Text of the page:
“It will be a really high turnout,” Tollefson said of the Nov. 3 election, but did not give an estimate of what the turnout could look like.
Previously there was a 10-day voter residency requirement for voter registration that is now 28 days, meaning that anyone who has recently moved should consider contacting their local clerk’s office or visit myvote.wi.gov to update voter registration.
“That’s the piece that could be a little confusing,” Tollefson said. “If you don’t have your residency changed within that 28 day period before an election you would have to vote at your previous residence.”
Other changes include: Municipal clerks no longer can send a regular voter’s ballot by email or fax except for military members or overseas voters; If a qualifying student ID used for purposes of meeting the photo ID requirement is unexpired, then a document proving enrollment is no longer required. A document proving enrollment is still required, if the qualifying ID is expired.
Wisconsin officials are split on party lines regarding the court ruling.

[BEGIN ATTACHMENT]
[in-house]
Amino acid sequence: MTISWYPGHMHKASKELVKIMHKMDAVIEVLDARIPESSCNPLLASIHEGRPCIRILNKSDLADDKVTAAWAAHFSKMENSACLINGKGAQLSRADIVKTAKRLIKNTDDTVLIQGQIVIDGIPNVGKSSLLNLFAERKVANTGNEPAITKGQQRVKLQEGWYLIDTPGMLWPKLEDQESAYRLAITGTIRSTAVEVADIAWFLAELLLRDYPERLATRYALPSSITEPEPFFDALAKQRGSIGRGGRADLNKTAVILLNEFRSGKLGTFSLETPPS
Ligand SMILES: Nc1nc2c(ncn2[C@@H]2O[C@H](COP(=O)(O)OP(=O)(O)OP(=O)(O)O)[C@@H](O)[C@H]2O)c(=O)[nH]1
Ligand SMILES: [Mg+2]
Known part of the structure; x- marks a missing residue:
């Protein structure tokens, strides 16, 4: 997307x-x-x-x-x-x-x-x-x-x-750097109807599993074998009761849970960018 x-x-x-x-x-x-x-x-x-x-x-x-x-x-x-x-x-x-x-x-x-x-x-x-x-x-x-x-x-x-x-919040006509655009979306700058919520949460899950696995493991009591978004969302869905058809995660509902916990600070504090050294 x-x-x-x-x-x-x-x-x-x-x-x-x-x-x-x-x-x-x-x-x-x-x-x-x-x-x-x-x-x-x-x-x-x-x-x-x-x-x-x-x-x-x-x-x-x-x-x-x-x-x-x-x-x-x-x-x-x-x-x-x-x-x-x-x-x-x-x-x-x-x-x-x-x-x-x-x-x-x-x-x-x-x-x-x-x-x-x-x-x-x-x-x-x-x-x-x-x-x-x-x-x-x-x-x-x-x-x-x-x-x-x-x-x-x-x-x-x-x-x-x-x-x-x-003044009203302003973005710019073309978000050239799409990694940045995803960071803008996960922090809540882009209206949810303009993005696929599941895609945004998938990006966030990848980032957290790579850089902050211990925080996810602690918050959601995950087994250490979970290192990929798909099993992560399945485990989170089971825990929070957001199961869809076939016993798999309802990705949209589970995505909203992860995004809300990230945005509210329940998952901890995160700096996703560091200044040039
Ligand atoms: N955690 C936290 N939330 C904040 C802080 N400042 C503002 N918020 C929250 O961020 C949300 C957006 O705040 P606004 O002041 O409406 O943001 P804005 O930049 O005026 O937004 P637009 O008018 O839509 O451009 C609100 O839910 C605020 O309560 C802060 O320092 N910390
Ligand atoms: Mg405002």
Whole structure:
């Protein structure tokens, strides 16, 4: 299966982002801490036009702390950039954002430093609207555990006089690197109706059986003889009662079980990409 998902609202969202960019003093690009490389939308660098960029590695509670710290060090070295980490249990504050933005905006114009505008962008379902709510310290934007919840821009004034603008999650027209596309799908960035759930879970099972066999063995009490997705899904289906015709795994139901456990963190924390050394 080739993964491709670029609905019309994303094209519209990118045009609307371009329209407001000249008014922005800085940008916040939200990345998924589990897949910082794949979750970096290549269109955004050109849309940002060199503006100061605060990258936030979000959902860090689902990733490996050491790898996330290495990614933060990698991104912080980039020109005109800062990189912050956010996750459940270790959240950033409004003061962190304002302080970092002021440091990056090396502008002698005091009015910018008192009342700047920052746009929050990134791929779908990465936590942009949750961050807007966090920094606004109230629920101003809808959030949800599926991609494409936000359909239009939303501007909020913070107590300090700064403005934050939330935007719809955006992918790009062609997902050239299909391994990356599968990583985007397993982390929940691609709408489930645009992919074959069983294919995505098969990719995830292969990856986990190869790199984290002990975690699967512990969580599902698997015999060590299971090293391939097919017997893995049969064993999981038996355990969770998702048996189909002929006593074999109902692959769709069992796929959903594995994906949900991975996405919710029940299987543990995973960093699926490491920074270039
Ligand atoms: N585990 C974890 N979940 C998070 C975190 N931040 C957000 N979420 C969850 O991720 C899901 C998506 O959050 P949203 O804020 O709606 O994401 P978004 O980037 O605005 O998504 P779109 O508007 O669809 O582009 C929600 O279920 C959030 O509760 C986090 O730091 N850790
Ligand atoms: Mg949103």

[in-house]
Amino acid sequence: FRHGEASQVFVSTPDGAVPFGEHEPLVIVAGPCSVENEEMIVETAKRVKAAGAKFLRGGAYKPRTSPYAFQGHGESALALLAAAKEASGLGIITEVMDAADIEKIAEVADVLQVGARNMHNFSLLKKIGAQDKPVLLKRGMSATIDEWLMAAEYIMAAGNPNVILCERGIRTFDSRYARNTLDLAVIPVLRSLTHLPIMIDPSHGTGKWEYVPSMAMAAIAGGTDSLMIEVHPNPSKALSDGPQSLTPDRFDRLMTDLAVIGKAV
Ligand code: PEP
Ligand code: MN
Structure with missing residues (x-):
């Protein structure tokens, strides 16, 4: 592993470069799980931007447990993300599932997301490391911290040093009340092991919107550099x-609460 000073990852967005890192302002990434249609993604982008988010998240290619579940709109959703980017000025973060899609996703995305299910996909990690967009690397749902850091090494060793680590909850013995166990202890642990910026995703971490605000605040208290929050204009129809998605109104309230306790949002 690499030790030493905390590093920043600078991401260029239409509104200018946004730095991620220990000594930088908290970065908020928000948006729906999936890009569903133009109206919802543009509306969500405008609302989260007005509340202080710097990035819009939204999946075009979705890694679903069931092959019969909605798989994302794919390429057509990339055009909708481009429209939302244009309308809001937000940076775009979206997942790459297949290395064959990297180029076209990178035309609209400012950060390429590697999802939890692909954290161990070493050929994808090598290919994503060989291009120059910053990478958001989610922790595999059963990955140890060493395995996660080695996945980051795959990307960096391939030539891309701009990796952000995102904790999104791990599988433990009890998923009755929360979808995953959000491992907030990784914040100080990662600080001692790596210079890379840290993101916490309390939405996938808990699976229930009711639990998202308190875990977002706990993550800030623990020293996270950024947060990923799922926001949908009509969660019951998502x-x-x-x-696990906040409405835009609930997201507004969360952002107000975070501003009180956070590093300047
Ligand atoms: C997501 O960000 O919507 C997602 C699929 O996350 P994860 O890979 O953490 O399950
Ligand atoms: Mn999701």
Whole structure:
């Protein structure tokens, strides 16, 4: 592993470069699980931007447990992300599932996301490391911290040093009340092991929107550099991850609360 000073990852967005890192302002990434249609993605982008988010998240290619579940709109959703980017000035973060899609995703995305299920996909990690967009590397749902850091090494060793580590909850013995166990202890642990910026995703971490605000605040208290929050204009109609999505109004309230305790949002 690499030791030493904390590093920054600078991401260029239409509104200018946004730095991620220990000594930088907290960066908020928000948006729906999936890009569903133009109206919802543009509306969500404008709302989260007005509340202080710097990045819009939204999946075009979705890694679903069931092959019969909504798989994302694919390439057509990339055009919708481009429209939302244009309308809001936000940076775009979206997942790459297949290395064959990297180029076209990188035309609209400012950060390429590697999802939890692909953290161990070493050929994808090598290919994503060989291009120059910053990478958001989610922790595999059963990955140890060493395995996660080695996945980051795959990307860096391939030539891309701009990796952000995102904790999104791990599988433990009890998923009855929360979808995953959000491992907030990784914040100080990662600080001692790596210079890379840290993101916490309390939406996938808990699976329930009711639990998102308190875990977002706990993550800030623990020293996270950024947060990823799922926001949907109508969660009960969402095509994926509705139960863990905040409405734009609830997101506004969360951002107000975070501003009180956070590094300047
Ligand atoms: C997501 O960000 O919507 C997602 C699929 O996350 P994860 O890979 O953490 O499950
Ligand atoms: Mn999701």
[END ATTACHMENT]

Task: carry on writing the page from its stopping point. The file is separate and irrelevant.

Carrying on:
Wisconsin State Senate Majority Leader Scott Fitzgerald said at the time of the ruling in June that the decision was a win for fair elections.
“The ruling puts municipalities in every corner of Wisconsin closer to equal footing when it comes to early in-person voting,” Fitzgerald said. “I applaud the 7th Circuit on its decision and look forward to moving on with this Fall’s elections.”
Wisconsin Democratic Party Chairman Ben Wikler said the decision was “another egregious assault on voting rights in Wisconsin.”
“(President Donald) Trump knows his path to victory involves suppressing the vote as much as possible, and as we saw on April 7 when Republicans forced thousands of people to vote in-person during a pandemic, there is no low they aren’t willing to stoop to, to grab power,” Wikler said last month.
Tollefson will face Rock County Supervisor Yuri Rashkin in the Democratic primary on Aug. 11. The winner in the primary will run unopposed in November. If Tollefson loses, she will remain clerk until January 2021 and oversee the county’s Nov. 3 general election operation.